The above was first published as part of the Third World Network briefing paper Series on Intellectual Property and COVID-19 Vaccines (No. 4, August 2020).

Notes

1    Monoclonal antibodies (MABs) that directly target COVID-19 are akin to a refinement of convalescent plasma therapy, the treatment wherein a recovered patient’s blood plasma is transfused to a current victim in the hopes that antibodies from the recovered person will help the current victim fight off the disease. In the case of MAB drugs, rather than the untargeted approach of transferring whole plasma, which has thousands of components, a single antibody is produced (in steel or plastic containers by biotech means) and administered as a drug. The single antibody, which is sometimes used with one or more others in a MAB ‘cocktail’, has been selected as being one that is (hopefully) especially effective against the disease. These single antibodies, cocktails, and ways to formulate and administer them are typically covered by patents and other intellectual property (e.g., manufacturing trade secrets).

2    All of the funding figures in this section are drawn from a multiyear search for grants with James Crowe (Director of the Vaccine Research Center) as an investigator on NIH Reporter, the US National Institutes of Health funding reporting system, available at https://projectreporter.nih.gov/reporter.cfm

3    Confusingly, there are at least three different names used for this programme. Vanderbilt refers to it as the ‘Pandemic Protection Platform’, whereas AstraZeneca calls it the ‘Pandemic Preparedness Platform’. DARPA itself refers to the effort as the ‘Pandemic Prevention Platform’.

4    See: https://www.unmc.edu/healthsecurity/education/capabilities/index.html

5    University of Nebraska MTA with Vanderbilt University, 2 March 2020. Variously noted with document numbers MTS3255 and MTA20247T. Obtained under the Nebraska Public Records Law.

6    Four days later, on 6 March, Nebraska transferred COVID-19 patient samples to Mt. Sinai School of Medicine in New York, another university playing at the game of turning the pandemic into a commercial success.  Notably, that MTA too establishes that Mt. Sinai’s collection of samples was under DARPA funding, through a programme called ECHO (Epigenetic Characterization and Observation).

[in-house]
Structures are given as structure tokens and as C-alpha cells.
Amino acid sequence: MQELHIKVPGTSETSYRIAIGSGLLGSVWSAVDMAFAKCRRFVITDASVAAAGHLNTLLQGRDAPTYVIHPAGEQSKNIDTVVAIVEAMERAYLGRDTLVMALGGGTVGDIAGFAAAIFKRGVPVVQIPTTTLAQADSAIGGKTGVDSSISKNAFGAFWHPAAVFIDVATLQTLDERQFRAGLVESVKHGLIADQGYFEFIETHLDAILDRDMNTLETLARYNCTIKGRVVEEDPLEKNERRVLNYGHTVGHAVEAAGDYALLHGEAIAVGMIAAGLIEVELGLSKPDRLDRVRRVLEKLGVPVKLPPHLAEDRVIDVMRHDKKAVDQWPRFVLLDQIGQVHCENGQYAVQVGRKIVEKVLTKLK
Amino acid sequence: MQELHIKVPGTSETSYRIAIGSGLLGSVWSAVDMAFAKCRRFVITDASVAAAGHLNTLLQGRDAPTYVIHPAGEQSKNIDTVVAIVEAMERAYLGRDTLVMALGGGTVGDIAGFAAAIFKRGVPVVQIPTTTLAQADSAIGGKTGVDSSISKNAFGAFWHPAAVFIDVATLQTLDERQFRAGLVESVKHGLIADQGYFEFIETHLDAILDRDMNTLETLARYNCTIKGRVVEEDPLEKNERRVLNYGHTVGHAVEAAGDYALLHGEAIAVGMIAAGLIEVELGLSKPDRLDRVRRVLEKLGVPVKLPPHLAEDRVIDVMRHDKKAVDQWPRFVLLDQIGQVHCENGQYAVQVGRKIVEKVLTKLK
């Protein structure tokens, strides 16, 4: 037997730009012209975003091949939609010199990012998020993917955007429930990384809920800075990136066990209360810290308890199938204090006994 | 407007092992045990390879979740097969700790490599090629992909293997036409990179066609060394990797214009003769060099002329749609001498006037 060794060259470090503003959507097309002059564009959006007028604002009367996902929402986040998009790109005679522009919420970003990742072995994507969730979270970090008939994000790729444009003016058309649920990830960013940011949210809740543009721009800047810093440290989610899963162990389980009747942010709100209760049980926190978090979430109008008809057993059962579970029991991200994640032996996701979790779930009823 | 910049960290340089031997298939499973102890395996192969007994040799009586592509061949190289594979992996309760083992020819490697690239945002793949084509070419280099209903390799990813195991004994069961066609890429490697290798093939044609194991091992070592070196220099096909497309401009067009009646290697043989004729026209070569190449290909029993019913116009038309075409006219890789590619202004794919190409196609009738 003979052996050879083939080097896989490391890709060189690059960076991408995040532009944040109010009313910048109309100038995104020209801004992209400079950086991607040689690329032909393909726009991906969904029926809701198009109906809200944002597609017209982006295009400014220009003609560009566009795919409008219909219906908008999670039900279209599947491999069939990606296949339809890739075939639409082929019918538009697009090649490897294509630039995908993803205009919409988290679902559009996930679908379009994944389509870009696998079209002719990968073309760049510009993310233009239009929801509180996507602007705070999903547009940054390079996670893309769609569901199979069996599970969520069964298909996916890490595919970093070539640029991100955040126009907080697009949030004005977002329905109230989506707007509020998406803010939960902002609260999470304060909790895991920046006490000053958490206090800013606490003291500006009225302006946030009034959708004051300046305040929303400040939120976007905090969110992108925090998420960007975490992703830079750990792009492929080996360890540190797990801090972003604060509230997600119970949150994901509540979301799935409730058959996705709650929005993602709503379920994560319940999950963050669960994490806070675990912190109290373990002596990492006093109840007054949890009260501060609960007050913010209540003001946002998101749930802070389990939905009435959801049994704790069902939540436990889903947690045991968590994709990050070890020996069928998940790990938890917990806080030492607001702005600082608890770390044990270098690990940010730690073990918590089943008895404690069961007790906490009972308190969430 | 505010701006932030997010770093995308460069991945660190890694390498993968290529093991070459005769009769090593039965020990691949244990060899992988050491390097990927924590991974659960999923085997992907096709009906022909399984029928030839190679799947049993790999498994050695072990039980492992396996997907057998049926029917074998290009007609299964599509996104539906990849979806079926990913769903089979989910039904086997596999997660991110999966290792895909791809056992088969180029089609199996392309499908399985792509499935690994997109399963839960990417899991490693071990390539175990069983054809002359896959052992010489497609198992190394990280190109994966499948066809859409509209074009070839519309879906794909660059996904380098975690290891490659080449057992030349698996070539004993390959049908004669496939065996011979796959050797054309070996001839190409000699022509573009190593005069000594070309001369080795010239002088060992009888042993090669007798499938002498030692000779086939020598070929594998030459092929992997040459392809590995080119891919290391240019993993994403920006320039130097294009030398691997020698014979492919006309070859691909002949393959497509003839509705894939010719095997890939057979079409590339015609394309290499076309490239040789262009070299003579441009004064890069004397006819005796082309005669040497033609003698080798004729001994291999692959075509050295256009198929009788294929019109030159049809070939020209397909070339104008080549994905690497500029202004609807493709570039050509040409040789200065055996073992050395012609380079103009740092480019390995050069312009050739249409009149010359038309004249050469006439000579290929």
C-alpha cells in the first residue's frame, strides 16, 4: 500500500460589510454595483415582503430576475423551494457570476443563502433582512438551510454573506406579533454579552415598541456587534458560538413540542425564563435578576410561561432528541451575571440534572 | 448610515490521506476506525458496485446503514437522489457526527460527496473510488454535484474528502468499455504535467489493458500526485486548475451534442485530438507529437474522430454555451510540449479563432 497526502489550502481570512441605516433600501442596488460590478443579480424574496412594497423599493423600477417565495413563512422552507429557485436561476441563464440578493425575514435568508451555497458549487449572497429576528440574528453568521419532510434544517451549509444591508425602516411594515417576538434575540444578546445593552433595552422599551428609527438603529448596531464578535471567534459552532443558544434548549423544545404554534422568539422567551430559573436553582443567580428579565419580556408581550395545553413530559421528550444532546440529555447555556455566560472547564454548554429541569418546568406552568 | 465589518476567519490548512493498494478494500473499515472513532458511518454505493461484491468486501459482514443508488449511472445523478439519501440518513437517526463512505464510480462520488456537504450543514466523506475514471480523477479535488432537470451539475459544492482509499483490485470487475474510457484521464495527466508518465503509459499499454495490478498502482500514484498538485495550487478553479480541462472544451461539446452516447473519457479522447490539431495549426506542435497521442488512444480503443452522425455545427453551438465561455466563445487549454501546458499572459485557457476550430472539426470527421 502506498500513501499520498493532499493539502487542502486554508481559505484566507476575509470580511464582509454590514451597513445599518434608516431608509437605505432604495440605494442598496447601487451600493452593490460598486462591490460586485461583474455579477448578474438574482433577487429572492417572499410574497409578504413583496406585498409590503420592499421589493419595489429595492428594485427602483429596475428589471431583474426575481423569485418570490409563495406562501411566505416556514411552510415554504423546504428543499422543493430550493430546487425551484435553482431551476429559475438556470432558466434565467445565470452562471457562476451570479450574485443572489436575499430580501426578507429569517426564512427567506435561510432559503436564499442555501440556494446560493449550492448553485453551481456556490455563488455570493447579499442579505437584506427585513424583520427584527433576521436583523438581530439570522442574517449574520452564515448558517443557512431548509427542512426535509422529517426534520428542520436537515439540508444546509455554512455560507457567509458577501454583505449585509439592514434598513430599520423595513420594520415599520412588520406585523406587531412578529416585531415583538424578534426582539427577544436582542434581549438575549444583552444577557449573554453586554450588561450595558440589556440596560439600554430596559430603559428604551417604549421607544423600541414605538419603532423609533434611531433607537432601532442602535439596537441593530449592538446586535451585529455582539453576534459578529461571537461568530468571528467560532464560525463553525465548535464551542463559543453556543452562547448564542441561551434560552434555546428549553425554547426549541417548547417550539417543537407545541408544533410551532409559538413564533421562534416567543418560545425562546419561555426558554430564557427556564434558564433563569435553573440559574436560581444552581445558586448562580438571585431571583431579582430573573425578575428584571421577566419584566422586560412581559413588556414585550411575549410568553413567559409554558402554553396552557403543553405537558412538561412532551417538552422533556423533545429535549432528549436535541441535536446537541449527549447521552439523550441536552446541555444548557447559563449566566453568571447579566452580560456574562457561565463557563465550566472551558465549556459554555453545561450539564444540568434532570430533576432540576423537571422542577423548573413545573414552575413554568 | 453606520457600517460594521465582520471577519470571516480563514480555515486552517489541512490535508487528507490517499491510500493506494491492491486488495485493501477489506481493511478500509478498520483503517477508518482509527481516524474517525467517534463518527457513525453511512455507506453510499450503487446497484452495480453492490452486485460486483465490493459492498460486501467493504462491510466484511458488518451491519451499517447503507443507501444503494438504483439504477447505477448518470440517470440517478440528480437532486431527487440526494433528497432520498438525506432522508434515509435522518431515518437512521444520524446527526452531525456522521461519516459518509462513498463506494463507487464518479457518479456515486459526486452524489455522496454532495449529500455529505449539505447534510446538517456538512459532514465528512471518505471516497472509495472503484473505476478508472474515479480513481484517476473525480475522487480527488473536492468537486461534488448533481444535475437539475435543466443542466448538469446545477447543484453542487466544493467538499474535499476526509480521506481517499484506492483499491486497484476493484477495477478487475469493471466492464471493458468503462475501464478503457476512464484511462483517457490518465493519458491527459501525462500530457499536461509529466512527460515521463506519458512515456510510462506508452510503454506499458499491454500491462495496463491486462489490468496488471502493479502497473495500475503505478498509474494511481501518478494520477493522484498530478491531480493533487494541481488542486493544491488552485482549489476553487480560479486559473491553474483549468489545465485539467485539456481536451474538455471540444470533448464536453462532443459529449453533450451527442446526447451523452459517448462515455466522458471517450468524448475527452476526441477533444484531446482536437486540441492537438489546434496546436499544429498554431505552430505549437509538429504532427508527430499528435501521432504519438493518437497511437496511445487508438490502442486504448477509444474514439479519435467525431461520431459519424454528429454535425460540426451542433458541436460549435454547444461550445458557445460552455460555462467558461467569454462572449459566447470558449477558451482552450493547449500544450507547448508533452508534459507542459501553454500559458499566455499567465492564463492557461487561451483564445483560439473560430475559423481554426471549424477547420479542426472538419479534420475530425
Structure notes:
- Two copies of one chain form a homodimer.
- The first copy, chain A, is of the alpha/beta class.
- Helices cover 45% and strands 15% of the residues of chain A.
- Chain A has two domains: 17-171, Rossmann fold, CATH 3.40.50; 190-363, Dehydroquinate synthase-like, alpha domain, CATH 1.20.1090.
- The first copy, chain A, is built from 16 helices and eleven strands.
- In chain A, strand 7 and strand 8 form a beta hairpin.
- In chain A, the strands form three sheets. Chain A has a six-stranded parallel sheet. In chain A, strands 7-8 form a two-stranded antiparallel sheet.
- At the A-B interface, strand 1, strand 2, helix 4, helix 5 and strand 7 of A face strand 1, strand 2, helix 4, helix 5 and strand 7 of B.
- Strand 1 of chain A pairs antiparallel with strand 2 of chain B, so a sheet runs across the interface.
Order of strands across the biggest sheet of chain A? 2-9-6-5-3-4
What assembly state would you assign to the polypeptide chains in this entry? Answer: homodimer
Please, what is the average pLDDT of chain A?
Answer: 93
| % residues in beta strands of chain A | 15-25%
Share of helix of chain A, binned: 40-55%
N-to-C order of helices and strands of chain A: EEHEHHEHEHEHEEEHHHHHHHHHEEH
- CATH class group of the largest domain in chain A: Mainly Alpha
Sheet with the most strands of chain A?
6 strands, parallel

7    The author has sought additional early material transfer agreements for SARS-CoV-2 viruses and encountered stiff resistance from US public universities that want to keep their transfers of the virus a secret. The major US coronavirus research centre at the University of North Carolina at Chapel Hill has denied access to all of its SARS-CoV-2 MTAs in their entirety, arguing that every  bit  of  every  MTA  it  has  signed  for  COVID  materials  must  be  kept  secret  from  the  public  because  of  the  potential commercial value of research in progress. The University of Georgia answered a request for its SARS-CoV-2 MTAs by claiming that it is unable to find its own CoV-2 MTAs without manually reviewing every MTA executed across the entire university, including by unrelated programmes like plant breeding and soil science, for the entire relevant time period. This grossly exaggerated and unnecessary review, Georgia insists, will require many hours of professional staff time, and those many hours must be paid for by the freedom of information requester. Of course, in reality, the University does not need to review MTAs from research that has nothing to do with COVID, but by insisting on the elaborate and overcomplicated procedure, it uses exorbitant fees as a way to stop transparency.

8    Vanderbilt Center for Technology Transfer & Commercialization. 2020. ‘Center for Technology Transfer & Commercialization breaks records in rapid facilitation of COVID-19 related agreements’. Press release. 9 July.  URL: https://news.vanderbilt.edu/2020/07/09/center-for-technology-transfer-commercialization-breaks-records-in-rapid-facilitation-of-covid-19-related-agreements/

9    See http://idbiologics.com/?page_id=385

10 Though marked ‘Proprietary & Confidential’, this contract can be downloaded from AstraZeneca’s website at:  https://www.astrazeneca.com/content/dam/az/Government%20Contract
%20T%26Cs/Flowdown%20Requirements%20for%20Subcontracts.pdf

11 BARDA. 2020. ‘BARDA, DARPA, and AstraZeneca Collaborate to Develop a Novel COVID-19 Therapeutic’. Press release. 9 June. https://www.medicalcountermeasures.gov/newsroom/2020/astrazeneca/

12 Vanderbilt Center for Technology Transfer & Commercialization, op. cit.

13 The Bayh-Dole Act of 1980 awards title to inventions made with US federal government support, allowing patent claims over inventions by recipients of public funding. It also provides federal agencies with ‘march-in rights’ that allow the government, in specified circumstances, to require the contractor or successors in title to the patent to grant a ‘nonexclusive, partially exclusive, or exclusive license’ to a ‘responsible applicant or applicants’. If the patent owner refuses to do so, the government may grant the licence itself. This is a form of compulsory licensing, a feature of patent law.

*Third World Resurgence No. 345/346, 2020, pp 59-62